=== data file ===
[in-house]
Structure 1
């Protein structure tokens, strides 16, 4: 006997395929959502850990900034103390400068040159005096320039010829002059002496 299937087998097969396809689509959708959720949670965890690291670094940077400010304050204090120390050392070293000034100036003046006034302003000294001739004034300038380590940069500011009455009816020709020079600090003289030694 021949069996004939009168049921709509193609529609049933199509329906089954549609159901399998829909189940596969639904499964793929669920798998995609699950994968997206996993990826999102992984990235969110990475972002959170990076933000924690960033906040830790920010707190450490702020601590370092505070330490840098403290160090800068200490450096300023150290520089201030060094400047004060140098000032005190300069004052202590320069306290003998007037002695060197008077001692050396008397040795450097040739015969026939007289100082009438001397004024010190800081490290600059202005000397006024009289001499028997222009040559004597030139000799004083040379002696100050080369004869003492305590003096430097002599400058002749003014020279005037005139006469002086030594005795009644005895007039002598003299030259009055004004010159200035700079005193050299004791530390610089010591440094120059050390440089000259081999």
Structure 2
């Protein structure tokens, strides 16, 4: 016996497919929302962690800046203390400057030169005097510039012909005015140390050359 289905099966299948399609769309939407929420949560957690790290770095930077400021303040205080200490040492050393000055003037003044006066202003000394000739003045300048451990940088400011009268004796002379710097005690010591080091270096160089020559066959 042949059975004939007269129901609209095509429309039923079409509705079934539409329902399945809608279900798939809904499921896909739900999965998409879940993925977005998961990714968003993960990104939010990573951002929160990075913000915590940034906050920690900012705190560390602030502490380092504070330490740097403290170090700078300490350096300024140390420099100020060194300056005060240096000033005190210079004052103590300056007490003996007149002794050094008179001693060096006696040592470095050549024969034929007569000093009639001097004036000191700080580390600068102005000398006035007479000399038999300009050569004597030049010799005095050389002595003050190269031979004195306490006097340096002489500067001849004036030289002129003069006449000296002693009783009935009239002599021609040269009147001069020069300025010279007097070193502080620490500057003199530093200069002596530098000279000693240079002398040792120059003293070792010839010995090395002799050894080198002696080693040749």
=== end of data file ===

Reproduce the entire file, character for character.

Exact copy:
[in-house]
Structure 1
């Protein structure tokens, strides 16, 4: 006997395929959502850990900034103390400068040159005096320039010829002059002496 299937087998097969396809689509959708959720949670965890690291670094940077400010304050204090120390050392070293000034100036003046006034302003000294001739004034300038380590940069500011009455009816020709020079600090003289030694 021949069996004939009168049921709509193609529609049933199509329906089954549609159901399998829909189940596969639904499964793929669920798998995609699950994968997206996993990826999102992984990235969110990475972002959170990076933000924690960033906040830790920010707190450490702020601590370092505070330490840098403290160090800068200490450096300023150290520089201030060094400047004060140098000032005190300069004052202590320069306290003998007037002695060197008077001692050396008397040795450097040739015969026939007289100082009438001397004024010190800081490290600059202005000397006024009289001499028997222009040559004597030139000799004083040379002696100050080369004869003492305590003096430097002599400058002749003014020279005037005139006469002086030594005795009644005895007039002598003299030259009055004004010159200035700079005193050299004791530390610089010591440094120059050390440089000259081999």
Structure 2
């Protein structure tokens, strides 16, 4: 016996497919929302962690800046203390400057030169005097510039012909005015140390050359 289905099966299948399609769309939407929420949560957690790290770095930077400021303040205080200490040492050393000055003037003044006066202003000394000739003045300048451990940088400011009268004796002379710097005690010591080091270096160089020559066959 042949059975004939007269129901609209095509429309039923079409509705079934539409329902399945809608279900798939809904499921896909739900999965998409879940993925977005998961990714968003993960990104939010990573951002929160990075913000915590940034906050920690900012705190560390602030502490380092504070330490740097403290170090700078300490350096300024140390420099100020060194300056005060240096000033005190210079004052103590300056007490003996007149002794050094008179001693060096006696040592470095050549024969034929007569000093009639001097004036000191700080580390600068102005000398006035007479000399038999300009050569004597030049010799005095050389002595003050190269031979004195306490006097340096002489500067001849004036030289002129003069006449000296002693009783009935009239002599021609040269009147001069020069300025010279007097070193502080620490500057003199530093200069002596530098000279000693240079002398040792120059003293070792010839010995090395002799050894080198002696080693040749």